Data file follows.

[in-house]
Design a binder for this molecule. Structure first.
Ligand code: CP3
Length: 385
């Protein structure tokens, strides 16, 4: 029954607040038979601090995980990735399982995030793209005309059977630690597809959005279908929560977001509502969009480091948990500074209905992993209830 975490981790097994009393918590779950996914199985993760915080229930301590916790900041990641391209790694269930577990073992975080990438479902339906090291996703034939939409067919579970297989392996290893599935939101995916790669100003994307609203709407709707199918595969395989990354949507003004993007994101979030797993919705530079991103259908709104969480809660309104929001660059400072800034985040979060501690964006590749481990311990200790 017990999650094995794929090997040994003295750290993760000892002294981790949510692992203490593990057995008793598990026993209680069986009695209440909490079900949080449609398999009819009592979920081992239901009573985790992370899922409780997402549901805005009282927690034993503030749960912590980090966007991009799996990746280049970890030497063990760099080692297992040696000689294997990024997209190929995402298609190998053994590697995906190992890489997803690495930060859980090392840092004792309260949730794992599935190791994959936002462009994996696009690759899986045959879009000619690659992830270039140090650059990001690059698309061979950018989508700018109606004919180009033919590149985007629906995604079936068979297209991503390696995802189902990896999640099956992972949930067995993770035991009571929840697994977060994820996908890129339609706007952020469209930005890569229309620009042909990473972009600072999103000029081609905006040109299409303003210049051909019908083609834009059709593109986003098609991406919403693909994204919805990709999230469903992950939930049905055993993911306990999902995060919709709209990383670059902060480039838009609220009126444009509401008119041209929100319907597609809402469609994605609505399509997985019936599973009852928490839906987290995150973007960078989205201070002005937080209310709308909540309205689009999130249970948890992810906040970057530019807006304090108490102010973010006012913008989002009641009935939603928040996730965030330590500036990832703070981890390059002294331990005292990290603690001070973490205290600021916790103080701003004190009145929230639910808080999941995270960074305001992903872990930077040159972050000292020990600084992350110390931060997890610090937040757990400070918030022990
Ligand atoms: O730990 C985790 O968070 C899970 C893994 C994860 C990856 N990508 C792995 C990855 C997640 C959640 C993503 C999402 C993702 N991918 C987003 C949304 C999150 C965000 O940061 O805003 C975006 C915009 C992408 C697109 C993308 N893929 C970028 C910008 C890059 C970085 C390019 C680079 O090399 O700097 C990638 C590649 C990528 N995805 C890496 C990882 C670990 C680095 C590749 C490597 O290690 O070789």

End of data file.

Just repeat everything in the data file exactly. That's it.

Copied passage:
[in-house]
Design a binder for this molecule. Structure first.
Ligand code: CP3
Length: 385
């Protein structure tokens, strides 16, 4: 029954607040038979601090995980990735399982995030793209005309059977630690597809959005279908929560977001509502969009480091948990500074209905992993209830 975490981790097994009393918590779950996914199985993760915080229930301590916790900041990641391209790694269930577990073992975080990438479902339906090291996703034939939409067919579970297989392996290893599935939101995916790669100003994307609203709407709707199918595969395989990354949507003004993007994101979030797993919705530079991103259908709104969480809660309104929001660059400072800034985040979060501690964006590749481990311990200790 017990999650094995794929090997040994003295750290993760000892002294981790949510692992203490593990057995008793598990026993209680069986009695209440909490079900949080449609398999009819009592979920081992239901009573985790992370899922409780997402549901805005009282927690034993503030749960912590980090966007991009799996990746280049970890030497063990760099080692297992040696000689294997990024997209190929995402298609190998053994590697995906190992890489997803690495930060859980090392840092004792309260949730794992599935190791994959936002462009994996696009690759899986045959879009000619690659992830270039140090650059990001690059698309061979950018989508700018109606004919180009033919590149985007629906995604079936068979297209991503390696995802189902990896999640099956992972949930067995993770035991009571929840697994977060994820996908890129339609706007952020469209930005890569229309620009042909990473972009600072999103000029081609905006040109299409303003210049051909019908083609834009059709593109986003098609991406919403693909994204919805990709999230469903992950939930049905055993993911306990999902995060919709709209990383670059902060480039838009609220009126444009509401008119041209929100319907597609809402469609994605609505399509997985019936599973009852928490839906987290995150973007960078989205201070002005937080209310709308909540309205689009999130249970948890992810906040970057530019807006304090108490102010973010006012913008989002009641009935939603928040996730965030330590500036990832703070981890390059002294331990005292990290603690001070973490205290600021916790103080701003004190009145929230639910808080999941995270960074305001992903872990930077040159972050000292020990600084992350110390931060997890610090937040757990400070918030022990
Ligand atoms: O730990 C985790 O968070 C899970 C893994 C994860 C990856 N990508 C792995 C990855 C997640 C959640 C993503 C999402 C993702 N991918 C987003 C949304 C999150 C965000 O940061 O805003 C975006 C915009 C992408 C697109 C993308 N893929 C970028 C910008 C890059 C970085 C390019 C680079 O090399 O700097 C990638 C590649 C990528 N995805 C890496 C990882 C670990 C680095 C590749 C490597 O290690 O070789």